China's War on Smuggling

Law, Economic Life, and the Making of the Modern State, 1842–1965

Philip Thai

Columbia University Press

China's War on Smuggling

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Pub Date: June 2018

ISBN: 9780231185844

408 Pages

Format: Hardcover

List Price: $60.00£47.00

Pub Date: June 2018

ISBN: 9780231546362

408 Pages

Format: E-book

List Price: $59.99£47.00

China's War on Smuggling

Law, Economic Life, and the Making of the Modern State, 1842–1965

Philip Thai

Columbia University Press

Smuggling along the Chinese coast has been a thorn in the side of many regimes. From opium and weapons concealed aboard foreign steamships in the Qing dynasty to nylon stockings and wristwatches trafficked in the People’s Republic, contests between state and smuggler have exerted a surprising but crucial influence on the political economy of modern China. Seeking to consolidate domestic authority and confront foreign challenges, states introduced tighter regulations, higher taxes, and harsher enforcement. These interventions sparked widespread defiance, triggering further coercive measures. Smuggling simultaneously threatened the state’s power while inviting repression that strengthened its authority.

Philip Thai chronicles the vicissitudes of smuggling in modern China—its practice, suppression, and significance—to demonstrate the intimate link between illicit coastal trade and the amplification of state power. China’s War on Smuggling shows that the fight against smuggling was not a simple law enforcement problem but rather an impetus to centralize authority and expand economic controls. The smuggling epidemic gave Chinese states pretext to define legal and illegal behavior, and the resulting constraints on consumption and movement remade everyday life for individuals, merchants, and communities. Drawing from varied sources such as legal cases, customs records, and popular press reports and including diverse perspectives from political leaders, frontline enforcers, organized traffickers, and petty runners, Thai uncovers how different regimes policed maritime trade and the unintended consequences their campaigns unleashed. China’s War on Smuggling traces how defiance and repression redefined state power, offering new insights into modern Chinese social, legal, and economic history.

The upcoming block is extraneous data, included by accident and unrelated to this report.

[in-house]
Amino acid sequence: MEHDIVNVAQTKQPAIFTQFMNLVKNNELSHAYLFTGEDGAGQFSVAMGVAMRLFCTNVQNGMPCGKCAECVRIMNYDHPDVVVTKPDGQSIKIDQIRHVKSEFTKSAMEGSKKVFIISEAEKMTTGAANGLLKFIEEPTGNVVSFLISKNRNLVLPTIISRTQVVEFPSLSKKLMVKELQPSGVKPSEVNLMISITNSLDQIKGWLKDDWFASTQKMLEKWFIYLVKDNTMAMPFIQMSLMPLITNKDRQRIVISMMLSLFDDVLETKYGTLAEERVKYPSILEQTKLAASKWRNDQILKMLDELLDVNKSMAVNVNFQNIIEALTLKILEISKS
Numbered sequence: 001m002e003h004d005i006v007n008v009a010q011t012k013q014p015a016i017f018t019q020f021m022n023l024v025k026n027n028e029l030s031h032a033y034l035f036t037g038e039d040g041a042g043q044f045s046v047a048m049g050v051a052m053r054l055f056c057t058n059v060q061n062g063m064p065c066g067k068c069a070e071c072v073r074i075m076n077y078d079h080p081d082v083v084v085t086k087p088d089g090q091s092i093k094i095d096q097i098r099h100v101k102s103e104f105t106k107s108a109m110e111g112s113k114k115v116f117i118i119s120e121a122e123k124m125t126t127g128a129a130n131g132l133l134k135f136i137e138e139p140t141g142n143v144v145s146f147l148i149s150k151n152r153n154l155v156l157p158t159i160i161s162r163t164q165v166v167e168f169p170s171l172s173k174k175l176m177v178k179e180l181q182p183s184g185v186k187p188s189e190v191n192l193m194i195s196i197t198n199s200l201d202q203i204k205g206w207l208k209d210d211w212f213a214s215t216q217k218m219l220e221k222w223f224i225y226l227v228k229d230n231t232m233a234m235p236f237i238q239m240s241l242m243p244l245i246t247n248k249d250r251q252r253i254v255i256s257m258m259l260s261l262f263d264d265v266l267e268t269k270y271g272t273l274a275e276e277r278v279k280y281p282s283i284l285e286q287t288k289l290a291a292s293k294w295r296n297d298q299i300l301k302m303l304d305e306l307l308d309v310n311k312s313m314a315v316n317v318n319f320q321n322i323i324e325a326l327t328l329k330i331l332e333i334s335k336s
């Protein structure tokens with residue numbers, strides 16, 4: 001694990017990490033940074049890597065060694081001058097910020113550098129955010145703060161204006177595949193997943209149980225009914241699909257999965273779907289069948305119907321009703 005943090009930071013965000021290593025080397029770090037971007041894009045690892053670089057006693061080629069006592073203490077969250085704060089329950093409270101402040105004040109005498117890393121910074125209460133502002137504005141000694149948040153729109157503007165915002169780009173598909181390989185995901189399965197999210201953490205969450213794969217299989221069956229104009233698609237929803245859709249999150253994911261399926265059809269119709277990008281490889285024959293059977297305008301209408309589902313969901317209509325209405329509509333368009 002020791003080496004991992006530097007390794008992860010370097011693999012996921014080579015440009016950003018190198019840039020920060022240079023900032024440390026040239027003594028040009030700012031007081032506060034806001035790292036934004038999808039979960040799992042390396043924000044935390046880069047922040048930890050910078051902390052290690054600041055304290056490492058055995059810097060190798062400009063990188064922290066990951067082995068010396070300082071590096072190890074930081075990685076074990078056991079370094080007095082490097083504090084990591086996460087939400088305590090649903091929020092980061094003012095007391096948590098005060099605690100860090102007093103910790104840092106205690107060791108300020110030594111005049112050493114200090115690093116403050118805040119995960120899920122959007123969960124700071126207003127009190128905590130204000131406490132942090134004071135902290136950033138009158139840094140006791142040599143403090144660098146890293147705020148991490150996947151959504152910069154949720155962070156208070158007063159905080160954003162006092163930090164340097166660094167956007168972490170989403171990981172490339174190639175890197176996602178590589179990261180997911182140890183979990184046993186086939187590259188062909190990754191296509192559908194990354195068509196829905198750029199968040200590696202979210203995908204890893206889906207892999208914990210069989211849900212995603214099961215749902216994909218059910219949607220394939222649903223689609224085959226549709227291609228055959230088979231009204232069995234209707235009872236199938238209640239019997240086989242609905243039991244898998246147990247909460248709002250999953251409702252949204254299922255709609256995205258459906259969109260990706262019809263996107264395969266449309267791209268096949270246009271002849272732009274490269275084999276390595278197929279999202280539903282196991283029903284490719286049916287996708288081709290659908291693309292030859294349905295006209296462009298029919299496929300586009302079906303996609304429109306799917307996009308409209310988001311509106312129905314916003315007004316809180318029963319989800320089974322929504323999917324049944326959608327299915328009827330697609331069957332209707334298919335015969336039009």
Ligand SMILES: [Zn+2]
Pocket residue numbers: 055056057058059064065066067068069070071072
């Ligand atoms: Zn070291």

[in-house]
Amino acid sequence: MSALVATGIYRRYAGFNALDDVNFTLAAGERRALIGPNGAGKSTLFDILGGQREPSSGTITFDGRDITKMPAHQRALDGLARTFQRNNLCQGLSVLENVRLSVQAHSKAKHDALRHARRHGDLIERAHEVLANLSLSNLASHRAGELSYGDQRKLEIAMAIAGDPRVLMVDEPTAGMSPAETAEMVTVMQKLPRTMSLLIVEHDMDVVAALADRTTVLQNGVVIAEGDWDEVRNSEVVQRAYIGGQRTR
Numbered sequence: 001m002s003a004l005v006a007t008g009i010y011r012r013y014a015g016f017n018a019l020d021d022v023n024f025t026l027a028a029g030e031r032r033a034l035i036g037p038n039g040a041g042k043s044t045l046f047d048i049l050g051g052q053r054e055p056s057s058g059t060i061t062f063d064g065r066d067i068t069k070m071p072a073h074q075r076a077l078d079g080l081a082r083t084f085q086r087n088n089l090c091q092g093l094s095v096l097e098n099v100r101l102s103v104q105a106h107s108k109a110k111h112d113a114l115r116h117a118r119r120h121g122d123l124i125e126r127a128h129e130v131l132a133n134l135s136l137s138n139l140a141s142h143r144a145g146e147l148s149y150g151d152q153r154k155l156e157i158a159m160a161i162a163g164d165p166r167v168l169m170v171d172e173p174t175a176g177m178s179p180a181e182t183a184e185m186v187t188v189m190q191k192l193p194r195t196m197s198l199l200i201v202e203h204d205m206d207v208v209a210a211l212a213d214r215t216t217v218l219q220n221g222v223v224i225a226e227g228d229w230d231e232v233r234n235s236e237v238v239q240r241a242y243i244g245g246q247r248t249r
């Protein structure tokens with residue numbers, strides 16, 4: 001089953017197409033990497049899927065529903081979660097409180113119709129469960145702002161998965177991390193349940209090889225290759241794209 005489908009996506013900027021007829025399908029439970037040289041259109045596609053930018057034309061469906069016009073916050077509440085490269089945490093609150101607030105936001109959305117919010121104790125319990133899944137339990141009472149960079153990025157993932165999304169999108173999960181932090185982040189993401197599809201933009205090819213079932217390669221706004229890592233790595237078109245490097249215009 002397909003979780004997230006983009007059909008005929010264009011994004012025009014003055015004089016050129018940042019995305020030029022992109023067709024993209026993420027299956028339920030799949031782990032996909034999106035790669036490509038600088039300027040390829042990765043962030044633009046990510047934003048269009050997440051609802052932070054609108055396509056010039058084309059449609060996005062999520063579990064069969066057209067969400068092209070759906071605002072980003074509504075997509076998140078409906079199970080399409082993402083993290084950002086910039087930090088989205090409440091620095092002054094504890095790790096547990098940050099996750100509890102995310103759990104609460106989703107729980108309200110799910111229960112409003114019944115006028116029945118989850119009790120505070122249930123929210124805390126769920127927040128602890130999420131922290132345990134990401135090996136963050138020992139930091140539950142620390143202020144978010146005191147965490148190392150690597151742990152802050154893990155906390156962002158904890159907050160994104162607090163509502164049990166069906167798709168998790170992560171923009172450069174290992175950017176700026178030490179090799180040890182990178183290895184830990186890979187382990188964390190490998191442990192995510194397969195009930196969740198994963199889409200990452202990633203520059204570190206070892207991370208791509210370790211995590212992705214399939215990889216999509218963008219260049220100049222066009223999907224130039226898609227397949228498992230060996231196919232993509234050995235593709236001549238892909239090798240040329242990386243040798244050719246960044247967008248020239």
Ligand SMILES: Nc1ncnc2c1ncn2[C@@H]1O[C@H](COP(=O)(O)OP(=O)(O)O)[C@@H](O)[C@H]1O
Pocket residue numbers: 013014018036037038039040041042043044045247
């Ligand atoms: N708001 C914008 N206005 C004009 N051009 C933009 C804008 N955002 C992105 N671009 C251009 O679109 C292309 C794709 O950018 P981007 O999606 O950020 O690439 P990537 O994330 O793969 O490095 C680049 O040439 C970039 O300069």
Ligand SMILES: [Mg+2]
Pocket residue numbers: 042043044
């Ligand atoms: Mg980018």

Philip Thai skillfully explores how smuggling remade the Chinese state by enabling it to establish better protection of its borders and its revenues and by standardizing regulations; he also examines the ways that political and economic disruptions constantly challenged this process. Thai weaves together a creative combination of social, political, economic, and legal history, ranging from a sophisticated technical discussion of tariff autonomy to a clever explication of the visual representation of smuggling in the public imagination of 1930s China. The combination of a broad theme—illicit economic activities interacting with state power—with many smaller case studies of smuggling incidents brings the story alive. Elisabeth Köll, University of Notre Dame
Breaking chronological and geographic conventions, this important book places Nationalist-period state-building and the struggle for sovereignty in a framework of the long-term growth of infrastructural state power in China. By linking the rise of policing, legal regulation of production and consumption, and government intrusion in the economy with the operation of markets and economic life, Philip Thai accomplishes the remarkable feat of a fresh perspective on China from the bottom to top. Brett Sheehan, University of Southern California
List of Maps, Tables, and Figures
Acknowledgments
Introduction
1. Coastal Commerce and Imperial Legacies: Smuggling and Interdiction in the Treaty Port Legal Order
2. Tariff Autonomy and Economic Control: The Intellectual Lineage of the Smuggling Epidemic
3. State Interventions and Legal Transformations: Asserting Sovereignty in the War on Smuggling
4. Shadow Economies and Popular Anxieties: The Business of Smuggling in Operation and Imagination
5. Economic Blockades and Wartime Trafficking: Clandestine Political Economies Under Competing Sovereignties
6. State Rebuilding and New Smuggling Geographies: Restoring and Evading Economic Controls in Civil War China
7. Old Menace in New China: Symbiotic Economies in the Early People’s Republic
Conclusion
Character List
Notes
Bibliography
Index

About the Author

Philip Thai is assistant professor of history at Northeastern University.